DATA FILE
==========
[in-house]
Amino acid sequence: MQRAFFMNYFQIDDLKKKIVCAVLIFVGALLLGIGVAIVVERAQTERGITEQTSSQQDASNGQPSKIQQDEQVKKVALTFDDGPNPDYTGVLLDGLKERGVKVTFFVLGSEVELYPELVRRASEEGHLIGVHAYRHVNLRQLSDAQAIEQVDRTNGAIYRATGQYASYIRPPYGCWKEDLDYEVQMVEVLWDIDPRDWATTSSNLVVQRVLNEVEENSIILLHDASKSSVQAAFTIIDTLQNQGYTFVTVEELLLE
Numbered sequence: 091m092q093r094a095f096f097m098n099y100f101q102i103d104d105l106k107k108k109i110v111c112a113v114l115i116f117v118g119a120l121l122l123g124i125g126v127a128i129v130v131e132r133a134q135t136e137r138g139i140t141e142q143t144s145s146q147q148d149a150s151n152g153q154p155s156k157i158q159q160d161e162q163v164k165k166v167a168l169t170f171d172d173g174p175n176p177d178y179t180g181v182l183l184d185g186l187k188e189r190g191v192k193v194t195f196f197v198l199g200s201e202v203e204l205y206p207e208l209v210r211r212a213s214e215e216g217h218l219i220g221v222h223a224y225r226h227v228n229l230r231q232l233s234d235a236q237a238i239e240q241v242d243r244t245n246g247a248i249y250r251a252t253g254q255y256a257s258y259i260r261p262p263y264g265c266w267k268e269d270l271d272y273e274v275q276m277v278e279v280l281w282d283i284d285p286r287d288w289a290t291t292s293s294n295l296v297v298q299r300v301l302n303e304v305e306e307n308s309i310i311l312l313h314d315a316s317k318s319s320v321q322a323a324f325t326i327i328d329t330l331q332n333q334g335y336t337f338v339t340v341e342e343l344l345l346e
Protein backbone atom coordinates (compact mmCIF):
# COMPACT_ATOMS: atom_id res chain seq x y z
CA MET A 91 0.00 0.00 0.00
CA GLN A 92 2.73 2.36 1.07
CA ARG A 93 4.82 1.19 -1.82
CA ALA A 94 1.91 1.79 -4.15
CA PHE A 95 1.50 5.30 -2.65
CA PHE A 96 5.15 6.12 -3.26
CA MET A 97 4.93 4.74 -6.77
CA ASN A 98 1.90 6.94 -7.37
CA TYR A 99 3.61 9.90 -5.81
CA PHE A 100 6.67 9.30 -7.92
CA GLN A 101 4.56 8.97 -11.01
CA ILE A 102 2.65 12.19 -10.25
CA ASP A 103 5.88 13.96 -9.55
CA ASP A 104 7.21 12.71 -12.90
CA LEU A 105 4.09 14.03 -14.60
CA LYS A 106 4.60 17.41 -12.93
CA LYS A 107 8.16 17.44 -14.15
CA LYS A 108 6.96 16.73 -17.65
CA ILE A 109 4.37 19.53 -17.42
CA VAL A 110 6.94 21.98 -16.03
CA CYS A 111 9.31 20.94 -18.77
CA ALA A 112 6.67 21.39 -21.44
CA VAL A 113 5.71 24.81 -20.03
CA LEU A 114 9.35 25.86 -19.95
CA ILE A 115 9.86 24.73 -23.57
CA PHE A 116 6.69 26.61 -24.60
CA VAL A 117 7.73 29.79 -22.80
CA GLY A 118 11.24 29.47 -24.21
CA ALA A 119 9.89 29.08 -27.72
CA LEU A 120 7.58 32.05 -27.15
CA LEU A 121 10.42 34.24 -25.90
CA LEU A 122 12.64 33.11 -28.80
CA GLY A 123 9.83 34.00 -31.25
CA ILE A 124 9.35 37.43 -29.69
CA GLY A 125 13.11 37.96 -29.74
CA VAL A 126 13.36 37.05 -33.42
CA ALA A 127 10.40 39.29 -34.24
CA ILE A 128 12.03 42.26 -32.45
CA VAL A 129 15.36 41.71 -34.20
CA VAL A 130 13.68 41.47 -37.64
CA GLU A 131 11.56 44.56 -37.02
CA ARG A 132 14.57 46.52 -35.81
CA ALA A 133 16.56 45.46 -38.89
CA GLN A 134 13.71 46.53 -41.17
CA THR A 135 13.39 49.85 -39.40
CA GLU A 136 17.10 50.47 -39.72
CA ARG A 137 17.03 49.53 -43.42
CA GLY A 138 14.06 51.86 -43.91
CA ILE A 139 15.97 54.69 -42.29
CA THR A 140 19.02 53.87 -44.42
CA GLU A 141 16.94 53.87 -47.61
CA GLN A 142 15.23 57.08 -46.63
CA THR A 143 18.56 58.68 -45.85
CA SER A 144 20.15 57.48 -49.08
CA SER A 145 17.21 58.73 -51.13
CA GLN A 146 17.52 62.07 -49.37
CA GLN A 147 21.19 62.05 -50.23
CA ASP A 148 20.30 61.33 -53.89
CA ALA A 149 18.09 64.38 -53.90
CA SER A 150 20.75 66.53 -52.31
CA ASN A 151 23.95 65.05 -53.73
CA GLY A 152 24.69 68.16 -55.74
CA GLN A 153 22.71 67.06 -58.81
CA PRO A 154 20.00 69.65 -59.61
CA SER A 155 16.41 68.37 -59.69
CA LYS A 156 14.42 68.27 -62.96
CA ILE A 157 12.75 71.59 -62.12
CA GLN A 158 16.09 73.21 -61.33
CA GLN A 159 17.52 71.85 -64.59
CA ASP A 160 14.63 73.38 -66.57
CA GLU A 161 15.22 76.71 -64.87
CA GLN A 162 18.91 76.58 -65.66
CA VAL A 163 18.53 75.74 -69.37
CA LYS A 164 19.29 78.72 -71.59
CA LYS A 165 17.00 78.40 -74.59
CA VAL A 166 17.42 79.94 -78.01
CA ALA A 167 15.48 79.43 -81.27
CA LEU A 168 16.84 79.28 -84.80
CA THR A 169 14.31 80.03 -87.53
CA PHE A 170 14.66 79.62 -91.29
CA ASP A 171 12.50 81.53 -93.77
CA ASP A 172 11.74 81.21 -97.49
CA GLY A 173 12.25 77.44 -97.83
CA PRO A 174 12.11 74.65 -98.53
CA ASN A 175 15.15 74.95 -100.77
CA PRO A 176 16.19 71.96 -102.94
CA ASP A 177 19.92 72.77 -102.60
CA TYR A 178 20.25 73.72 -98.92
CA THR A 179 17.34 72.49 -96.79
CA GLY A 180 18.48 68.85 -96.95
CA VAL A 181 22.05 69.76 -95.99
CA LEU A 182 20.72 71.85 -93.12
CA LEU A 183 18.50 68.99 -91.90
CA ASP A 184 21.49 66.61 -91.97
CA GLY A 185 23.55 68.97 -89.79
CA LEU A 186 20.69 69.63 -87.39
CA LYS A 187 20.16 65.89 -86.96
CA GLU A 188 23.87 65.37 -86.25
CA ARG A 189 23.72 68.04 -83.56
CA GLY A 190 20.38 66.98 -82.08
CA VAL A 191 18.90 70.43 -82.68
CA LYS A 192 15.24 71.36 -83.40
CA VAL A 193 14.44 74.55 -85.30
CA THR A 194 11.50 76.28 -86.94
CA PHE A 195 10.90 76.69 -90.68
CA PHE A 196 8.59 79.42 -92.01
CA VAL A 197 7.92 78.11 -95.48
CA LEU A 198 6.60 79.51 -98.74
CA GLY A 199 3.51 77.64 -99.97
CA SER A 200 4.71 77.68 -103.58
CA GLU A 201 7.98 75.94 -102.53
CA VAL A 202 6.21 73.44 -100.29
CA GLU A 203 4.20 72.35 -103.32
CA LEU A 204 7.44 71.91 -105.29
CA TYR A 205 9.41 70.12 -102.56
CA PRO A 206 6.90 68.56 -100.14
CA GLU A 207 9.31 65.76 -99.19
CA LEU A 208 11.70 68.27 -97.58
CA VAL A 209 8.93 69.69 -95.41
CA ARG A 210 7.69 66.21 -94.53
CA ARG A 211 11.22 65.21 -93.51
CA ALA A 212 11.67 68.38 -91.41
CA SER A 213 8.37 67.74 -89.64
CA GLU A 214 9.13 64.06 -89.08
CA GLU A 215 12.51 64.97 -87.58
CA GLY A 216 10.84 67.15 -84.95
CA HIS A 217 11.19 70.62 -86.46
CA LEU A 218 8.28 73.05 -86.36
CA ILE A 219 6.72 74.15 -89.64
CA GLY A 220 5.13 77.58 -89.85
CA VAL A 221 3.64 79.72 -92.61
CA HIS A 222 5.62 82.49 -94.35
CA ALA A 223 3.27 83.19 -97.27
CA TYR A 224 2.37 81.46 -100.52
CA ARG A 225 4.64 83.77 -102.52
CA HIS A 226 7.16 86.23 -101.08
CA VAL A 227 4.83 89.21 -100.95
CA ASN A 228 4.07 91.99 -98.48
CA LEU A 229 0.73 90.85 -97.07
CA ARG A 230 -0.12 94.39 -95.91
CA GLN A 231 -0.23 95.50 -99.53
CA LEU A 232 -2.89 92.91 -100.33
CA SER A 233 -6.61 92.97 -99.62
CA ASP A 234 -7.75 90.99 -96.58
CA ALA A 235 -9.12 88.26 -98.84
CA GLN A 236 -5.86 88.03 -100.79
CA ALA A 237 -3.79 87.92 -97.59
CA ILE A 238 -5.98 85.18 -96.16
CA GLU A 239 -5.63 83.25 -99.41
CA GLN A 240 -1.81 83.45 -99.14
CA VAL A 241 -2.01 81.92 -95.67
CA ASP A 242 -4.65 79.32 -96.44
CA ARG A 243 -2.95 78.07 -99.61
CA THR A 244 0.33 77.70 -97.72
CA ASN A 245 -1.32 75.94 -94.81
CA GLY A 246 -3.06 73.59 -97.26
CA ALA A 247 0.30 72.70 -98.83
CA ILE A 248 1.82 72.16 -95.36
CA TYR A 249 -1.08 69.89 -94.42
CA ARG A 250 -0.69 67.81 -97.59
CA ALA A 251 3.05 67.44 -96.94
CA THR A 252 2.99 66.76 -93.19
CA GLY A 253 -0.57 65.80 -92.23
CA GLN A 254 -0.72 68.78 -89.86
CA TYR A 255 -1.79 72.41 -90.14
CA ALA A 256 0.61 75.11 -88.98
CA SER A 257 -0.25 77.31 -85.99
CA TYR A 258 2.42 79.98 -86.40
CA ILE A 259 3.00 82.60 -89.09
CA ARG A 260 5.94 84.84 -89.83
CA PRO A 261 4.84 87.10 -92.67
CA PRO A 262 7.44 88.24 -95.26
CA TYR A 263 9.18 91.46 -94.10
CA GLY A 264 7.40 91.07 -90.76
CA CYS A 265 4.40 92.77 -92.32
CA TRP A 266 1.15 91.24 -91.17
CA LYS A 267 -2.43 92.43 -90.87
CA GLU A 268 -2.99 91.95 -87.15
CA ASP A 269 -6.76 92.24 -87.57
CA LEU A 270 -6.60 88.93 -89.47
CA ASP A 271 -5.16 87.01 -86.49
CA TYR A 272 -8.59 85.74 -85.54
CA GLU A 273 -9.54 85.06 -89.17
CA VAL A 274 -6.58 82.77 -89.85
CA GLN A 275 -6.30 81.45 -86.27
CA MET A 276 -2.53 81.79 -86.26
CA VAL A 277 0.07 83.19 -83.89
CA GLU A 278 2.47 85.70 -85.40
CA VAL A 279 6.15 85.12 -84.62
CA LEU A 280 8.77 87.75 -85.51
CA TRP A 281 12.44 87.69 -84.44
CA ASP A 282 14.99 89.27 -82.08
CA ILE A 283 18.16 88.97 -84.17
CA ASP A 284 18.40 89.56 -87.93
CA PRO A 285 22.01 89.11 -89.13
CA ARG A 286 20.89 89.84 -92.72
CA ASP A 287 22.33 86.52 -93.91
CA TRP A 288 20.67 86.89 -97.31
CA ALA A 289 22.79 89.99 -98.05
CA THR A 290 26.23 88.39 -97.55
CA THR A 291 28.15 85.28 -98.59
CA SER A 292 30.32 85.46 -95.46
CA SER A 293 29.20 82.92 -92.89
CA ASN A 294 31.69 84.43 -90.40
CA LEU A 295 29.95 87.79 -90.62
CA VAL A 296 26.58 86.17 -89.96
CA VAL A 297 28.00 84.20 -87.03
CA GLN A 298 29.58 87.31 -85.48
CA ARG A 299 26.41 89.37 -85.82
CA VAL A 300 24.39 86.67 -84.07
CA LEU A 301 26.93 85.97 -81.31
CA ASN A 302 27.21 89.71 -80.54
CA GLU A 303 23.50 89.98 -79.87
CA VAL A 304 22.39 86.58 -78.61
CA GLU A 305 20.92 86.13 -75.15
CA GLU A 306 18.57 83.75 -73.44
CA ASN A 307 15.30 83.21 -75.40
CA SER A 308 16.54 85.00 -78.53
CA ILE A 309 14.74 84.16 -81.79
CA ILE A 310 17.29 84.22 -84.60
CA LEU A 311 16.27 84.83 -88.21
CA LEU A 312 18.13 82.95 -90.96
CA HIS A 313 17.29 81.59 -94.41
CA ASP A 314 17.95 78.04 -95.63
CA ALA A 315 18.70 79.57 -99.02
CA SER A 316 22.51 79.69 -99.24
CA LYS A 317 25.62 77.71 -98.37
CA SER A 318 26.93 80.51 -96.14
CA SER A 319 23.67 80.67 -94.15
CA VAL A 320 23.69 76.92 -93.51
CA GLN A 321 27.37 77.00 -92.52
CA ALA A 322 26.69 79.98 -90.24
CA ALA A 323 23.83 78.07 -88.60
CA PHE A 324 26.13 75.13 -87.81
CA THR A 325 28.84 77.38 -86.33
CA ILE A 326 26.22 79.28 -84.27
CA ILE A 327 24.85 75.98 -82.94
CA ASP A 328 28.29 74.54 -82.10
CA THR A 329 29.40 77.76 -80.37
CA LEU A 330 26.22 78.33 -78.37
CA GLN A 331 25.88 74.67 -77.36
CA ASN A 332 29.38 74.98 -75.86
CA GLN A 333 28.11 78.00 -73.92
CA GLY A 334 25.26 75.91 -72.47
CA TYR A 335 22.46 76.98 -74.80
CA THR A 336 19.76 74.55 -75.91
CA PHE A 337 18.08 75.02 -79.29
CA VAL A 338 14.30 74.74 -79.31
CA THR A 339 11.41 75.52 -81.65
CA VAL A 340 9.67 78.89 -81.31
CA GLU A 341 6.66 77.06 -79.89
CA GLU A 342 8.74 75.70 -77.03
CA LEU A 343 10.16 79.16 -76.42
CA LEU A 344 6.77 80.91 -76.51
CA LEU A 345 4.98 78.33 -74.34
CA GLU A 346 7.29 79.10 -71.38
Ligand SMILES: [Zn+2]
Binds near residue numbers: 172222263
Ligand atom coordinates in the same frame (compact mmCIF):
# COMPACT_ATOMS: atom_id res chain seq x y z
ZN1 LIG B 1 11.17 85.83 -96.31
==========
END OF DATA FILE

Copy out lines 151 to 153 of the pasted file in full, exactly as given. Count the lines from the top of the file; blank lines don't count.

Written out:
CA GLN A 236 -5.86 88.03 -100.79
CA ALA A 237 -3.79 87.92 -97.59
CA ILE A 238 -5.98 85.18 -96.16